He Zhen and Qiu Jin are both prominent feminist figures in the early twentieth century in China. When we investigate their thoughts on a superficial level, they share many similarities; for instance, to fight for the right and interests of women. If their revolutionist ideas are put into the contemporary context, their explanation of feminist movements has an opposite causality with the national revolution. Qiu Jin argued that feminist goals could be achieved as a part of the nation revival project; He Zhen argued that women liberation could not be simply considered to be the by-product of revolutions; only if women’s liberation is achieved, then the revolution can be successful.
For Qiu Jin, women liberation and female rights can only be won when the current corrupted government is replaced by a better one. During her stay in Zhejiang, where she took an active part in the radical revolutionary circle, and their main goal was to overthrow the dynasty and purge the corruption and injustice that existed in the society. It is clear that fighting for equality between men and women is not a specific task in the revolution purpose for Qiu Jin, rather than treating it as an individual task that requires extra attention and effort, Qiu considers the improvement of women’s conditions as a part of national and social revolutions, as long as the polity is changed, women liberation can be realized under the new and more advanced government in a strengthened nation. Margery Wolf concluded that she placed revolution ahead of the feminist goals.1
He Zhen, on the contrary, held a different faith. Her theory on women liberation is closer to anarchism; she does not believe that men and women can share equal status with the existence of government or any other kinds of ruling organizations. Women’s emancipation is a part of the revolution, not one of the outcomes of national and social revolutions. In her cases, she criticized those who treated the feminist movement as a mere tool for national revolution; for example, Jin Tianhe saw women’s emancipation as a part of a larger project of enlightenment and national self-strengthening.2 The goal of emancipating women was not to establish a more civilized and mighty nation, but it should be the goal itself. The causality of women’s liberation and national self-strengthening plans believed by Qiu and He Zhen leads to their differences in practising feminist movements in reality. For Qiu Jin, her actions did not always directly relate to women emancipation; she did both feminist-related activities and nation-saving projects. For He Zhen, according to Kazuko Ono, He Zhen failed to bring a practical theory to conduct her ideas in reality.3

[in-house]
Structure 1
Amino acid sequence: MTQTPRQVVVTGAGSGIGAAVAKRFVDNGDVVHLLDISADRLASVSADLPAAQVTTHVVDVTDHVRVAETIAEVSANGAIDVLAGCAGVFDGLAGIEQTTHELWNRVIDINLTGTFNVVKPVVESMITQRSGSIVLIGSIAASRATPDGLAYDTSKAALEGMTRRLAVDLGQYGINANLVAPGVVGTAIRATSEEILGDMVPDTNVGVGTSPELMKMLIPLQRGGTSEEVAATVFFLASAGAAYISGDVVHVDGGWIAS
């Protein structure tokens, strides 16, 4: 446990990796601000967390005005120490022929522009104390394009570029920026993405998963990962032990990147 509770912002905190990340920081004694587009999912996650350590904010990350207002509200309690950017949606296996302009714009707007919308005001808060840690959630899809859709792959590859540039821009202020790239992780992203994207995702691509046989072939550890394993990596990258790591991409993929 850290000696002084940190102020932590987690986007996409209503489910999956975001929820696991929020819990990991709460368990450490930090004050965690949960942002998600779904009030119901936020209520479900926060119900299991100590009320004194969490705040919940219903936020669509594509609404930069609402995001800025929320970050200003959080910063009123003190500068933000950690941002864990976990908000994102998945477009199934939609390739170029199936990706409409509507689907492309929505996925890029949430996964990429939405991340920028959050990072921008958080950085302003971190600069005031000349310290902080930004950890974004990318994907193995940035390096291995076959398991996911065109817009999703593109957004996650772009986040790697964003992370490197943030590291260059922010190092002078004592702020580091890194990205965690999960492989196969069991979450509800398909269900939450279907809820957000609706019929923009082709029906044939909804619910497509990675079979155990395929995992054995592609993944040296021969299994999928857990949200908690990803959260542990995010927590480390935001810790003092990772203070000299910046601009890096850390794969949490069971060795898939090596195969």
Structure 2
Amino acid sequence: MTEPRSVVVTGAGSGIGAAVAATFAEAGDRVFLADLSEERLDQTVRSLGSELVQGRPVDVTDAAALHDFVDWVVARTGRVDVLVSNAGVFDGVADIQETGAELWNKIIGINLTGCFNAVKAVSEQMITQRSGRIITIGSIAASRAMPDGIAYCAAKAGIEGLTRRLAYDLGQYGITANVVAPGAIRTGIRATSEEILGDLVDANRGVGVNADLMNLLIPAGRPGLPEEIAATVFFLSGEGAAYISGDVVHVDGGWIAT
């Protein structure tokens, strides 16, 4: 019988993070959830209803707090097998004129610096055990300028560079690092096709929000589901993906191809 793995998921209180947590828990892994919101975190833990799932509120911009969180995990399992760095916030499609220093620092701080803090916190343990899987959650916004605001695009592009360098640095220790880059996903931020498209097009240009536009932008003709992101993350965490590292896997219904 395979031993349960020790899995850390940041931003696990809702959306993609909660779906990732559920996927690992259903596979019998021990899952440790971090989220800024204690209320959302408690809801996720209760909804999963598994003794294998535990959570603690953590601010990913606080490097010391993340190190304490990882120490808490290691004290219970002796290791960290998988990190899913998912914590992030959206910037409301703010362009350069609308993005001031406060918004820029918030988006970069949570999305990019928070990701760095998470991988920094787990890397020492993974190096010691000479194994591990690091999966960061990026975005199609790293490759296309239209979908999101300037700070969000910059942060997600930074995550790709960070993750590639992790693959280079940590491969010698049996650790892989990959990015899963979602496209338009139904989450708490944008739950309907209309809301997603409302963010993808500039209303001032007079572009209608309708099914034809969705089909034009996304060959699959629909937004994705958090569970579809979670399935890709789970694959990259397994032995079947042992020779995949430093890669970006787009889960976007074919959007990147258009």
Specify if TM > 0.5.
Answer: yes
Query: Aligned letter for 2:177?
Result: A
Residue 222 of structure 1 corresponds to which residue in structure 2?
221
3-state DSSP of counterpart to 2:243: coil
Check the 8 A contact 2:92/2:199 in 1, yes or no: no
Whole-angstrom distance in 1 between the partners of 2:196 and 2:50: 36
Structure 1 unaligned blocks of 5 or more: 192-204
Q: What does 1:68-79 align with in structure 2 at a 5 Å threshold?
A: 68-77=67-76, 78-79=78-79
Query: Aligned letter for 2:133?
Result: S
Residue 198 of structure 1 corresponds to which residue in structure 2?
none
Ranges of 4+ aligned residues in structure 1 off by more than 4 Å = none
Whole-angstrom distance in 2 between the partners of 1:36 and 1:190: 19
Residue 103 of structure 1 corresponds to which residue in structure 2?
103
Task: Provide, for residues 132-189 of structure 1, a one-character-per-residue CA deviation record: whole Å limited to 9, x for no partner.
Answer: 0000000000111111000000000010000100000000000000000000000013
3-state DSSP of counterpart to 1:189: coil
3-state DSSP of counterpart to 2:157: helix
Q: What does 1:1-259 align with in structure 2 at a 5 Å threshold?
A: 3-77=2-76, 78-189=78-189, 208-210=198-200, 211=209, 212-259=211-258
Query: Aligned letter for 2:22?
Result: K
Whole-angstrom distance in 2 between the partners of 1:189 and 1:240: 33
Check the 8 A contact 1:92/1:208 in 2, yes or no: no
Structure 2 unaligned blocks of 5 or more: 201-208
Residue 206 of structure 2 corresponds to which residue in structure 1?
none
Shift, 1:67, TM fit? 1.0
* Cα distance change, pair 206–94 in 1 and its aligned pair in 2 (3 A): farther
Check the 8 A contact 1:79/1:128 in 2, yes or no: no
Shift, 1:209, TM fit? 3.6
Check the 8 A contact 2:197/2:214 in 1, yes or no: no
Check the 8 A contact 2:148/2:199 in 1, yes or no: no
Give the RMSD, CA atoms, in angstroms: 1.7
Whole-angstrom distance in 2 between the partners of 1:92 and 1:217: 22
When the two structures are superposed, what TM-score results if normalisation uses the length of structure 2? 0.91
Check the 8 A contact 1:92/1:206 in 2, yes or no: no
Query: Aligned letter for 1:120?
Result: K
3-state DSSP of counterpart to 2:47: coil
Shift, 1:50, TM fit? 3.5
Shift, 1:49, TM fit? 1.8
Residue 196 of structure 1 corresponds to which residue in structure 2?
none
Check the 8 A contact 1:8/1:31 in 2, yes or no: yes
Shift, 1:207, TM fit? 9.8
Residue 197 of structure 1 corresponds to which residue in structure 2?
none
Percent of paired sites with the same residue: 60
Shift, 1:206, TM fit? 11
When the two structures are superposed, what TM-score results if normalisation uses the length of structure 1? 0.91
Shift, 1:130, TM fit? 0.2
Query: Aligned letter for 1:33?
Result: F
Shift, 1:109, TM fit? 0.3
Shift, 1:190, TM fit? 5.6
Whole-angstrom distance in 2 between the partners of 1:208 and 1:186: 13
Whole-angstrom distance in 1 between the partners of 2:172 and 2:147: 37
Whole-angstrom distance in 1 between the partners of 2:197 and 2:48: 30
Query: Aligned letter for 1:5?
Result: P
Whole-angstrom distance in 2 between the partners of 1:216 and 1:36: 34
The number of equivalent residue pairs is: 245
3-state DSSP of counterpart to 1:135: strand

In the later time, the general trend of feminist movements followed the idea of Qiu Jin. Many women chose to participate in revolutions in 1911; they chose first to emancipate the country then restore social status for themselves. Women assisted the revolutionist activities in many ways; for instance, women were rioters in the Rice Riots, Xu Zonghan transported three hundred pistols from Hong Kong to Huanghuagang uprising. Women’s army was organized in Wu Chang Uprising. After the establishment of the ROC, women did not get suffrage as promised.4 Just like Kazuko Ono stated in the book, Women suffrage movement failed eventually, the result of this series of feminist movements in pre-1911 time did not bear a good result.5 Though women had devoted a lot of effort to the revolution, like what Qiu Jin believed that if women wanted to be liberated, they need to first liberate the country. The final result ultimately disappointed them. To some extent, what He Zhen had said became true, women would not share equal rights with men, even the government is changed, the change of polity cannot change the social and political status of women. Qiu Jin did not have the chance to see this later event after her execution.
These two ideas on feminist movements have their own results. He Zhen’s idea lacks a solution for the problems she brought up; it lacks practical action; her ideas are stagnant on an ideological level. Qiu Jin, by tying feminist movements with the national self-strengthening program, leads the later trend of women emancipation. However, it still failed to prove itself to be the right path for women.
- Margery Wolf, “The Emergence of Women at the End of the Ch’ing: The Case of Ch’iu Chin” in Women in Chinese Society, p58-9. [↩]
- Liu, Lydia He, Rebecca E. Karl, and Dorothy Ko, “Introduction: Toward a Transnational Feminist Theory” in The Birth of Chinese Feminism: Essential Texts in Transnational Theory. Columbia University Press, 2013, p.1-2. [↩]
- Kazuko Ono, and Joshua A Fogel, “Women in the 1911 Revolution “in Chinese Women in a Century of Revolution, 1850-1950, (Stanford University Press, 1989), pp.69-70. [↩]
- Ibid, pp. 70-73. [↩]
- Ibid, pp. 80-85. [↩]